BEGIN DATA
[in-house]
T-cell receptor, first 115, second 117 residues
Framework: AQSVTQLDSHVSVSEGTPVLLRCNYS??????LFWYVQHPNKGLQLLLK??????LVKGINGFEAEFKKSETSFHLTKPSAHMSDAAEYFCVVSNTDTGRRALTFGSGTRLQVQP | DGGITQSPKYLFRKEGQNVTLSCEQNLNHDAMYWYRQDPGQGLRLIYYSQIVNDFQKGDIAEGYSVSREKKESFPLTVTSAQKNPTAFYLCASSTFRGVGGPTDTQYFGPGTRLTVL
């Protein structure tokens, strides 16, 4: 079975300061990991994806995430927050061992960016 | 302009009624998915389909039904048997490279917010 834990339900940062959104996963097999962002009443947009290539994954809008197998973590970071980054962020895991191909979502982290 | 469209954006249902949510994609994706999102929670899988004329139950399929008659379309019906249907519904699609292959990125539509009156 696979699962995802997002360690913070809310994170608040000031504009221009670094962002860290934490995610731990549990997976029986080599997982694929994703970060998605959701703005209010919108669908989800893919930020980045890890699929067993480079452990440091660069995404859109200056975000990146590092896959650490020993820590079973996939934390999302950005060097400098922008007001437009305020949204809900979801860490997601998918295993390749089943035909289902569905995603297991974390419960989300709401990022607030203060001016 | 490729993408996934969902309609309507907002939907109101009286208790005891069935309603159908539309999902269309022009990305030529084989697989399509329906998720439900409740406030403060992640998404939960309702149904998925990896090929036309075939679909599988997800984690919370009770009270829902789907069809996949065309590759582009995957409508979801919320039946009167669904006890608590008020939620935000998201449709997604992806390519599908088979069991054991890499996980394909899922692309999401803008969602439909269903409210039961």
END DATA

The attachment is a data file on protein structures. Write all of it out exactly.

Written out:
[in-house]
T-cell receptor, first 115, second 117 residues
Framework: AQSVTQLDSHVSVSEGTPVLLRCNYS??????LFWYVQHPNKGLQLLLK??????LVKGINGFEAEFKKSETSFHLTKPSAHMSDAAEYFCVVSNTDTGRRALTFGSGTRLQVQP | DGGITQSPKYLFRKEGQNVTLSCEQNLNHDAMYWYRQDPGQGLRLIYYSQIVNDFQKGDIAEGYSVSREKKESFPLTVTSAQKNPTAFYLCASSTFRGVGGPTDTQYFGPGTRLTVL
């Protein structure tokens, strides 16, 4: 079975300061990991994806995430927050061992960016 | 302009009624998915389909039904048997490279917010 834990339900940062959104996963097999962002009443947009290539994954809008197998973590970071980054962020895991191909979502982290 | 469209954006249902949510994609994706999102929670899988004329139950399929008659379309019906249907519904699609292959990125539509009156 696979699962995802997002360690913070809310994170608040000031504009221009670094962002860290934490995610731990549990997976029986080599997982694929994703970060998605959701703005209010919108669908989800893919930020980045890890699929067993480079452990440091660069995404859109200056975000990146590092896959650490020993820590079973996939934390999302950005060097400098922008007001437009305020949204809900979801860490997601998918295993390749089943035909289902569905995603297991974390419960989300709401990022607030203060001016 | 490729993408996934969902309609309507907002939907109101009286208790005891069935309603159908539309999902269309022009990305030529084989697989399509329906998720439900409740406030403060992640998404939960309702149904998925990896090929036309075939679909599988997800984690919370009770009270829902789907069809996949065309590759582009995957409508979801919320039946009167669904006890608590008020939620935000998201449709997604992806390519599908088979069991054991890499996980394909899922692309999401803008969602439909269903409210039961």